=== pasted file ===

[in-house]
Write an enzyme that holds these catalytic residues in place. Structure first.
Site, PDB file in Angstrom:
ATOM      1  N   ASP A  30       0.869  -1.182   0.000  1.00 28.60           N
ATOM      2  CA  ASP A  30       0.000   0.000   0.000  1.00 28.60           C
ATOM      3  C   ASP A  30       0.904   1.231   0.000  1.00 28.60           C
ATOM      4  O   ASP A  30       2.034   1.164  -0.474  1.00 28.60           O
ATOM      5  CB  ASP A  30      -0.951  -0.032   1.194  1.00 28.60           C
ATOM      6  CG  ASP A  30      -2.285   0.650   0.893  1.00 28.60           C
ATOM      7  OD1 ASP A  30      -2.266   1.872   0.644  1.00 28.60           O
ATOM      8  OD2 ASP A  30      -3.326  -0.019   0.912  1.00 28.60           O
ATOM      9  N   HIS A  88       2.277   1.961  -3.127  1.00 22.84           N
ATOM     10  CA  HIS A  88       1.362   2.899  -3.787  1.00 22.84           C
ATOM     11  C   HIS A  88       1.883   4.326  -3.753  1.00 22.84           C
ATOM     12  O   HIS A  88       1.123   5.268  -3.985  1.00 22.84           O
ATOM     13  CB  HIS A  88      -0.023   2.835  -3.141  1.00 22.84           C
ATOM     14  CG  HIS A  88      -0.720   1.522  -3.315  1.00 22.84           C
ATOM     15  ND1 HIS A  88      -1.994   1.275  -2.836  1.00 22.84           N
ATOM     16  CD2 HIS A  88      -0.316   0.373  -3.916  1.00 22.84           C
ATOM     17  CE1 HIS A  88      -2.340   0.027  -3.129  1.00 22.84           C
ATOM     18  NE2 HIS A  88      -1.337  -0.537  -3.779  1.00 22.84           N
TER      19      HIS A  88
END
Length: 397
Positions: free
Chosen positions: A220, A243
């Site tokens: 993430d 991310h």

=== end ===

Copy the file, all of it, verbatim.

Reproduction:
[in-house]
Write an enzyme that holds these catalytic residues in place. Structure first.
Site, PDB file in Angstrom:
ATOM      1  N   ASP A  30       0.869  -1.182   0.000  1.00 28.60           N
ATOM      2  CA  ASP A  30       0.000   0.000   0.000  1.00 28.60           C
ATOM      3  C   ASP A  30       0.904   1.231   0.000  1.00 28.60           C
ATOM      4  O   ASP A  30       2.034   1.164  -0.474  1.00 28.60           O
ATOM      5  CB  ASP A  30      -0.951  -0.032   1.194  1.00 28.60           C
ATOM      6  CG  ASP A  30      -2.285   0.650   0.893  1.00 28.60           C
ATOM      7  OD1 ASP A  30      -2.266   1.872   0.644  1.00 28.60           O
ATOM      8  OD2 ASP A  30      -3.326  -0.019   0.912  1.00 28.60           O
ATOM      9  N   HIS A  88       2.277   1.961  -3.127  1.00 22.84           N
ATOM     10  CA  HIS A  88       1.362   2.899  -3.787  1.00 22.84           C
ATOM     11  C   HIS A  88       1.883   4.326  -3.753  1.00 22.84           C
ATOM     12  O   HIS A  88       1.123   5.268  -3.985  1.00 22.84           O
ATOM     13  CB  HIS A  88      -0.023   2.835  -3.141  1.00 22.84           C
ATOM     14  CG  HIS A  88      -0.720   1.522  -3.315  1.00 22.84           C
ATOM     15  ND1 HIS A  88      -1.994   1.275  -2.836  1.00 22.84           N
ATOM     16  CD2 HIS A  88      -0.316   0.373  -3.916  1.00 22.84           C
ATOM     17  CE1 HIS A  88      -2.340   0.027  -3.129  1.00 22.84           C
ATOM     18  NE2 HIS A  88      -1.337  -0.537  -3.779  1.00 22.84           N
TER      19      HIS A  88
END
Length: 397
Positions: free
Chosen positions: A220, A243
């Site tokens: 993430d 991310h």